How Bonhomme got a safety against Maryland

BLOOMINGTON — As soon as Maryland brought its tight end in motion, D.K. Bonhomme knew what was coming.

The Terrapins had tried this before, with just under 9 minutes left in the second quarter, motioning a tight end toward the Hoosiers’ 6-foot-3, 235-pound outside linebacker. That tight end just barely scraped Bonhomme, overly anxious to get outside and lead the way for Maryland quarterback Taulia Tagovailoa.

How Maryland played it the first time was a mistake, as IU’s lightning-quick sophomore changed directions and burst toward the sideline, closing on Tagovailoa before he could even gain a yard on second-and-2. The second time the Terrapins motioned that tight end, early in the third quarter, their error was even more catastrophic.

Backed up on their own 4-yard line, the tight end came toward Bonhomme’s side. This time, the tight end’s path was even wider, not even bothering to touch Bonhomme. Tagovailoa, again, faked a handoff to his running back, but Bonhomme already knew.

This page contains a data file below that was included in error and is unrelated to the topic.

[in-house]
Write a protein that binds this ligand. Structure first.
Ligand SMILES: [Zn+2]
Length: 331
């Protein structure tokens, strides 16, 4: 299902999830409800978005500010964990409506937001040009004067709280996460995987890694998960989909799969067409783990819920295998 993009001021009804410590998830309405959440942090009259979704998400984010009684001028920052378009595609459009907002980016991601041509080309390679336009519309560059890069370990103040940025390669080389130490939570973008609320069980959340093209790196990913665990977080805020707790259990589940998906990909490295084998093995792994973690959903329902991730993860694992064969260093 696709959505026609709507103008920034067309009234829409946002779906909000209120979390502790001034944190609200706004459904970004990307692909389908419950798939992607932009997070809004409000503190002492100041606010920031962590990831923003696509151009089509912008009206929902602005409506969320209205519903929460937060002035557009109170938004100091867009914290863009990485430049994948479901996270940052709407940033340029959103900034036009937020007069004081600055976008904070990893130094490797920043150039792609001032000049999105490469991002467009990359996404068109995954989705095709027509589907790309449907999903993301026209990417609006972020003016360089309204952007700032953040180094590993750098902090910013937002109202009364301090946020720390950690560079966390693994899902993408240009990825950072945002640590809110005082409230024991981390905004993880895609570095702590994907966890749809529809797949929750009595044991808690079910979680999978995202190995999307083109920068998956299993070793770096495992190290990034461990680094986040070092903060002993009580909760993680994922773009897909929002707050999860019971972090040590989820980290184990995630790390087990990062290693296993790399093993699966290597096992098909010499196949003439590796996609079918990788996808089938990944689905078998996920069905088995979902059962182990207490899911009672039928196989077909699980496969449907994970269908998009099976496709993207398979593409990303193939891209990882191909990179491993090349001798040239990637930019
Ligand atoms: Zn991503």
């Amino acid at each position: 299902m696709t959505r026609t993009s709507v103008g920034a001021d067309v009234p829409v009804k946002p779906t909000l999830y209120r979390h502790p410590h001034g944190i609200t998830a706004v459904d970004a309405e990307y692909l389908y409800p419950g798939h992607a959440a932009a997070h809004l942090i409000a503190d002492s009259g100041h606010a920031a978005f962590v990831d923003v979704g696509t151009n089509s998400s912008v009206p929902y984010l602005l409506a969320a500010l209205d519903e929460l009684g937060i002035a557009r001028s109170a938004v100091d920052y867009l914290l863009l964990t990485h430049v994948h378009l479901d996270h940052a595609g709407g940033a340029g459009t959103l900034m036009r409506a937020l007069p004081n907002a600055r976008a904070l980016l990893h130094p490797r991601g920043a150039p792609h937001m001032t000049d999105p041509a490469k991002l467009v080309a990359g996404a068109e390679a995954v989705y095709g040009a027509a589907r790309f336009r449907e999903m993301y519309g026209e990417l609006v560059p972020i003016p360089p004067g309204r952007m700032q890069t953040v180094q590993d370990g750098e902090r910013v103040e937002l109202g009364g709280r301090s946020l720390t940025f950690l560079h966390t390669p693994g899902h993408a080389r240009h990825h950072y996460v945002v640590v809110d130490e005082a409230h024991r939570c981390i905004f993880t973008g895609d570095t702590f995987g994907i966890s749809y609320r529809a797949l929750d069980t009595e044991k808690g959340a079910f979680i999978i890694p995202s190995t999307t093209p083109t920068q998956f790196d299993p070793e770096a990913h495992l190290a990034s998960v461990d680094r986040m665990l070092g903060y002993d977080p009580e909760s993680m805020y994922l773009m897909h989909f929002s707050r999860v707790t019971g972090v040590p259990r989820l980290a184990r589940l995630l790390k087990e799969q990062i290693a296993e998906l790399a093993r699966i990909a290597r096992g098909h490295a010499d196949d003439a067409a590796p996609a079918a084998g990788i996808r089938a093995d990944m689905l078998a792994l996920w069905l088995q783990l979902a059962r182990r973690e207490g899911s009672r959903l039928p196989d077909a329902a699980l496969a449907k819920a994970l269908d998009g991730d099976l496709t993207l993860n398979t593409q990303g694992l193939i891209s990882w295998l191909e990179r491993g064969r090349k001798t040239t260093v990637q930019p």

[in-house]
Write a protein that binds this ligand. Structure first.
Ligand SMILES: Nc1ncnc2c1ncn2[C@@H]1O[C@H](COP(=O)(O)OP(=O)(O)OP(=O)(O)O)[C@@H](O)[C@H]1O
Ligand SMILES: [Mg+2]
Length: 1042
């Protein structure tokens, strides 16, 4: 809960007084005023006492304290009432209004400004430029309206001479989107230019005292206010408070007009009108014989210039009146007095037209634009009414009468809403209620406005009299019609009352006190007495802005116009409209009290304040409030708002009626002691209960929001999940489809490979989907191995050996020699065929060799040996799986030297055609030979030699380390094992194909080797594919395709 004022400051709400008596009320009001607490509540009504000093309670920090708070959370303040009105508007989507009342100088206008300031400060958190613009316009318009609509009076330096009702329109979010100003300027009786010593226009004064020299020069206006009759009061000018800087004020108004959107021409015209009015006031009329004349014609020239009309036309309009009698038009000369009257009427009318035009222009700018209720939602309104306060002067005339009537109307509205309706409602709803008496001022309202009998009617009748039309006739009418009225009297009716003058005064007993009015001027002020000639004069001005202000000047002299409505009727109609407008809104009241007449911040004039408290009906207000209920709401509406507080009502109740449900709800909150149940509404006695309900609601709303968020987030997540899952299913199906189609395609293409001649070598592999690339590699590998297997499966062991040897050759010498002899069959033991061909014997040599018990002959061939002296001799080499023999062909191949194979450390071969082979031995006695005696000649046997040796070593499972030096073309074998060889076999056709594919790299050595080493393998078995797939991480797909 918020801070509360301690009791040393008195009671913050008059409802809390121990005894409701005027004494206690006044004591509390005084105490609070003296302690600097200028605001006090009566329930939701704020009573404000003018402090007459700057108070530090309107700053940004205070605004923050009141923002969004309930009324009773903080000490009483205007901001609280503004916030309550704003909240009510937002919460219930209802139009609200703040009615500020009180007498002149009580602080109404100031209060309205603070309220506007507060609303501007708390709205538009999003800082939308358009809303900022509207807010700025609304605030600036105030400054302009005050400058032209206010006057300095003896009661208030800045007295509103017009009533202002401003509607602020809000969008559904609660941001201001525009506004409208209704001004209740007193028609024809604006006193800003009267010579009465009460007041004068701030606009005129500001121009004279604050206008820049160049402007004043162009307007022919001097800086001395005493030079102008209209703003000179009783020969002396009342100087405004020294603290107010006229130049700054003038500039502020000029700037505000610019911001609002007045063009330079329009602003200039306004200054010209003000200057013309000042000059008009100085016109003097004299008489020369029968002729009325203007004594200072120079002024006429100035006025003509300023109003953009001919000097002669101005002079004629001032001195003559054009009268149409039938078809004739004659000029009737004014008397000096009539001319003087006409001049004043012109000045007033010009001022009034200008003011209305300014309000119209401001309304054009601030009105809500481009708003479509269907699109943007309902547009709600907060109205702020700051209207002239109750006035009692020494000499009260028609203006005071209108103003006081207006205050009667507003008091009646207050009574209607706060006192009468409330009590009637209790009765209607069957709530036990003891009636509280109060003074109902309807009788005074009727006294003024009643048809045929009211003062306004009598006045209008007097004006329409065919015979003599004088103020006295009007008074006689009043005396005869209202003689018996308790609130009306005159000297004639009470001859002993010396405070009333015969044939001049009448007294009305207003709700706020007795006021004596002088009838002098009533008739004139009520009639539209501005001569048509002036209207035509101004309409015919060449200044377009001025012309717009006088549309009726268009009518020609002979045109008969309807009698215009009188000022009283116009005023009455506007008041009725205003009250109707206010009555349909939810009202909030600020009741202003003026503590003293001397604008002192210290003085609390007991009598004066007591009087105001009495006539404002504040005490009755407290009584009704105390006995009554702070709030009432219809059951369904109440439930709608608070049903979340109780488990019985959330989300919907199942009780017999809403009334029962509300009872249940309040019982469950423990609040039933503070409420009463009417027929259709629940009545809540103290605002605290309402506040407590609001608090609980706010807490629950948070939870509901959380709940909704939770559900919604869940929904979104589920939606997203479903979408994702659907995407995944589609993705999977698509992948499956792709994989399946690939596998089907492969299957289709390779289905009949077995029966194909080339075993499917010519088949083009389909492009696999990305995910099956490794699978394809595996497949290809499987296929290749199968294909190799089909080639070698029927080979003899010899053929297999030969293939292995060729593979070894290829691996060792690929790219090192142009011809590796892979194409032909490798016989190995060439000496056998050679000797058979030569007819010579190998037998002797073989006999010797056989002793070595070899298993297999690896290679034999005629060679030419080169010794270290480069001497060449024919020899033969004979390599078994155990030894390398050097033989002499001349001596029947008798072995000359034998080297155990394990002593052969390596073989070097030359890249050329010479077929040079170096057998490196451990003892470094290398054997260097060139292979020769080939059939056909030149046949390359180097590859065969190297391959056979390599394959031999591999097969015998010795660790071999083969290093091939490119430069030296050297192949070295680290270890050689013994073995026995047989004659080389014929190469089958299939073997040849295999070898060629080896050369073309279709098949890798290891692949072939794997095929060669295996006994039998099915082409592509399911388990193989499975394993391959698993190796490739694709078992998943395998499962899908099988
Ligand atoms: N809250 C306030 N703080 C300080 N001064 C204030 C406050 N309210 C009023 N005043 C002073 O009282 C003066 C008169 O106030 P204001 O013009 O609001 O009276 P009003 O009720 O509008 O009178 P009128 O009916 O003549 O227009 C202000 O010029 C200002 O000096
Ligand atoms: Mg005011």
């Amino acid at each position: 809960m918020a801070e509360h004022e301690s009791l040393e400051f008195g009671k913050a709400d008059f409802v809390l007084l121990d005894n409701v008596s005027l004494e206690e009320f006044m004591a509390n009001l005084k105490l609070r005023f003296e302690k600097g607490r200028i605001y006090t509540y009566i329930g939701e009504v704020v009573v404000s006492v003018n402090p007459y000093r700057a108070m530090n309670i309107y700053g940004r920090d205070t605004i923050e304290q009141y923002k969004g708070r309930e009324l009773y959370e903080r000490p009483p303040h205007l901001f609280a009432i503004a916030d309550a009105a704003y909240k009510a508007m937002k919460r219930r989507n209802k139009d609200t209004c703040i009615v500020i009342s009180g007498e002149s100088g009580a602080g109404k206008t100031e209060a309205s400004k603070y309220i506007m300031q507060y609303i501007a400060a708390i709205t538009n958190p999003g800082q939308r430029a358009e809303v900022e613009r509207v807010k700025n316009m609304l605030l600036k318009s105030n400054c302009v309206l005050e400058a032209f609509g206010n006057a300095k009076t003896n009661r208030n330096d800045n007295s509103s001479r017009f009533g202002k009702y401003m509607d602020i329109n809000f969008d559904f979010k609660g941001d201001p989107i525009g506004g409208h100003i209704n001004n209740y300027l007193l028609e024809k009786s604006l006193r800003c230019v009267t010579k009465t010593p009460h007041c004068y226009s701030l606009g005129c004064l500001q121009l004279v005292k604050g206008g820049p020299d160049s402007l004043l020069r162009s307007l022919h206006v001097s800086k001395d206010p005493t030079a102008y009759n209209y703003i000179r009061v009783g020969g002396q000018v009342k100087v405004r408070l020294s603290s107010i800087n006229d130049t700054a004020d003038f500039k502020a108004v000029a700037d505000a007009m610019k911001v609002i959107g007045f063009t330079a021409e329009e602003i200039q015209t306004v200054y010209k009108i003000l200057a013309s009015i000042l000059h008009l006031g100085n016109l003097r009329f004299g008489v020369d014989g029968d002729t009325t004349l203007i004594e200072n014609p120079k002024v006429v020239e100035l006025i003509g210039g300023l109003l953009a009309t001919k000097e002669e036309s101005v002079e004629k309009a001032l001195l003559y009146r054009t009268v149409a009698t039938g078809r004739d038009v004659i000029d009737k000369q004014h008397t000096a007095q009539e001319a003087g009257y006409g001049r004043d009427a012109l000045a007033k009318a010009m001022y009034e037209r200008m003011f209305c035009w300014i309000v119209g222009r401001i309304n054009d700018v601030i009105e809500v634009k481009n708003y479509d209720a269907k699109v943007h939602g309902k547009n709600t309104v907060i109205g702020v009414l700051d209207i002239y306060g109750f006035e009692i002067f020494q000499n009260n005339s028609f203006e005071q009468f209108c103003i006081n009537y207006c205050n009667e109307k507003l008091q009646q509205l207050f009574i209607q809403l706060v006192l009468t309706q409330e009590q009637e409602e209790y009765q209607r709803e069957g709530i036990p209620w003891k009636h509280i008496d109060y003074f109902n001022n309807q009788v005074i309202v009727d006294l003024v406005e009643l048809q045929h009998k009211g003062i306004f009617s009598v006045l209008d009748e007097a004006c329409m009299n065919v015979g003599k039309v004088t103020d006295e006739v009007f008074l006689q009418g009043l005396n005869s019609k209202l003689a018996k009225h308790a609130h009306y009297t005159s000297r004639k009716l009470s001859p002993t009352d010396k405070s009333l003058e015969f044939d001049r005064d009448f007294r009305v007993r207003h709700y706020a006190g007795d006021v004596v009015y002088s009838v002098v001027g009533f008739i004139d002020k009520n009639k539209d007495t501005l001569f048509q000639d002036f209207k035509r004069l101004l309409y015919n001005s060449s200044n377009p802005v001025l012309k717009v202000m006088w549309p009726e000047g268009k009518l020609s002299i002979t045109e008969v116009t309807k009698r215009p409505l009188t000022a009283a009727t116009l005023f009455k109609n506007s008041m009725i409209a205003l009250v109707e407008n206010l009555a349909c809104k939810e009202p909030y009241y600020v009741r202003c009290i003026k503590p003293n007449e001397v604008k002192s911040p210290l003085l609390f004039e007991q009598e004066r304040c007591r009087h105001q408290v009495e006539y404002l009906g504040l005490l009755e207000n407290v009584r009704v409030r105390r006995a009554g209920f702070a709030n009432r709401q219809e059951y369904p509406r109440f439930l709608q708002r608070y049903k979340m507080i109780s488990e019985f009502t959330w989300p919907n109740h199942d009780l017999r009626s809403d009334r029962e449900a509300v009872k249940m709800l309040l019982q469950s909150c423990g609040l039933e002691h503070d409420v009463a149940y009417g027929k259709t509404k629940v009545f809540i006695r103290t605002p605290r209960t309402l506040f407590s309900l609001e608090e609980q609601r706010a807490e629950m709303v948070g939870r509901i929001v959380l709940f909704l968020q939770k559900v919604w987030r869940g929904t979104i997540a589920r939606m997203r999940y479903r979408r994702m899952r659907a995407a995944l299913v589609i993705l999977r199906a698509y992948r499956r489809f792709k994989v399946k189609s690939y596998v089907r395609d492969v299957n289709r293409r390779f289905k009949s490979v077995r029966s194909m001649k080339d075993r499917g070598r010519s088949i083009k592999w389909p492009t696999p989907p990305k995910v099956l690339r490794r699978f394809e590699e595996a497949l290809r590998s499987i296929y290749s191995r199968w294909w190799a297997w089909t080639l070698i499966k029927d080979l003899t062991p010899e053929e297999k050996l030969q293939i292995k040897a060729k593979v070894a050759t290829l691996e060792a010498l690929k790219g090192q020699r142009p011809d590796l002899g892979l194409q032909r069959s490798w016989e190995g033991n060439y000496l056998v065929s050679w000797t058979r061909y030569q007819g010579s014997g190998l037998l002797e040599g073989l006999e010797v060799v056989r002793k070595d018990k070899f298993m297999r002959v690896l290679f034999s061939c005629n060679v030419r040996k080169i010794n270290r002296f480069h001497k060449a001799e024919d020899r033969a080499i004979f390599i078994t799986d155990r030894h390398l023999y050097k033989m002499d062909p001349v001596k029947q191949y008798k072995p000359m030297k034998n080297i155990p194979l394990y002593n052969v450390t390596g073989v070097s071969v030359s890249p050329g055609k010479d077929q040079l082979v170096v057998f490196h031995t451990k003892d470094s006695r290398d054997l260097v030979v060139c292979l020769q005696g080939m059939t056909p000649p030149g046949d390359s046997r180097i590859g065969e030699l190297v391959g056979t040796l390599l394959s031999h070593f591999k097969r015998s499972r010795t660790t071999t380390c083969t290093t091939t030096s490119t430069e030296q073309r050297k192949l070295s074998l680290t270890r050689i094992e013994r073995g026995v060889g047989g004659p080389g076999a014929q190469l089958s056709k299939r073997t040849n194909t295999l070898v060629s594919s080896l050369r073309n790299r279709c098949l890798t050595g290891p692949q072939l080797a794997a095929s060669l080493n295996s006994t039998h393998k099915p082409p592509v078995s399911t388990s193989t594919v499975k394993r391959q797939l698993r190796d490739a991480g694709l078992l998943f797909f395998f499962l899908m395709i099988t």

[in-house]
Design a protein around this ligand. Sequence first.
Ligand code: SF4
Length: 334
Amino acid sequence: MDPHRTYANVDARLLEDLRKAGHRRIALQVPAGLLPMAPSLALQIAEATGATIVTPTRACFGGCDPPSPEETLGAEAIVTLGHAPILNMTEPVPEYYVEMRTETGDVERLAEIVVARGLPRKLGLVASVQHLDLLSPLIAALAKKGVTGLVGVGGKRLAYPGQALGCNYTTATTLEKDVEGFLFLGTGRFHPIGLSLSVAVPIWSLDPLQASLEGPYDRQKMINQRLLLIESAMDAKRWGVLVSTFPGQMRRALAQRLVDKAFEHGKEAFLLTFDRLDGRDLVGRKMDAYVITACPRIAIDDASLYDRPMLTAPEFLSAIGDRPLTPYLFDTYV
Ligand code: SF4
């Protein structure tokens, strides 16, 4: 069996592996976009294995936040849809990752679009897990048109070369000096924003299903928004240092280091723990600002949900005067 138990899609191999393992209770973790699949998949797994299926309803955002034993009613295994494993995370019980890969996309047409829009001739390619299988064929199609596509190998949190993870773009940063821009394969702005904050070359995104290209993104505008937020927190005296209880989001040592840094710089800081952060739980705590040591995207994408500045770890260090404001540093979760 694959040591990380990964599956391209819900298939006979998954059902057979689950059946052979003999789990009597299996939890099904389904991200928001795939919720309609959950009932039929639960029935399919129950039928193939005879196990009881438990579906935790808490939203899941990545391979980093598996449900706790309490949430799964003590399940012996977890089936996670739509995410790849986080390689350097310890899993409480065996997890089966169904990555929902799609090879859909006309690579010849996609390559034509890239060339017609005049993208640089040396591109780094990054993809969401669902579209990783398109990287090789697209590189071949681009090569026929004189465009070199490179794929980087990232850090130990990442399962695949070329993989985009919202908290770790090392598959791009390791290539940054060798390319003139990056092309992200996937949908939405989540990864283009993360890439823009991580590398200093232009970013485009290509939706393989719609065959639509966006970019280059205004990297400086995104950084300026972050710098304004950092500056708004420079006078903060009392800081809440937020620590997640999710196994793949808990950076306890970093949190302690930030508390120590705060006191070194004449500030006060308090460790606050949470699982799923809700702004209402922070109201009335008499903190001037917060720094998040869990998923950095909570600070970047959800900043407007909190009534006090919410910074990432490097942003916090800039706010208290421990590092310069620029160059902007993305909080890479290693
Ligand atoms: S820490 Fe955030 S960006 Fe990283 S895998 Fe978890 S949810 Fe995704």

He just darted for Tagavailoa.

“He ran wider, so I just knew it was going to be a bluff and the quarterback was going to keep it,” Bonhomme said. “It was my opportunity to make a play, and I just took it.”

By pouncing on Tagavailoa in the end zone, Bonhomme created a game-changing play, getting the Hoosiers a 9-3 lead on the safety, plus the ball back for another touchdown drive in a 27-11 win. This was also a shining moment for a young IU defender — a gifted Canadian who came a long way to make plays like this.

Born in Haiti, Di-Stephano Kervens “D.K” Bonhomme’s family moved to Montreal, Canada, when he was 5 years old. Then Ottawa at 15. He’s spoken French his whole life, only really beginning to hone his English in the last handful of years. He’s been a football player since the age of 6, but most of that was spent on Canada’s wider fields, positioned more as a defensive back.

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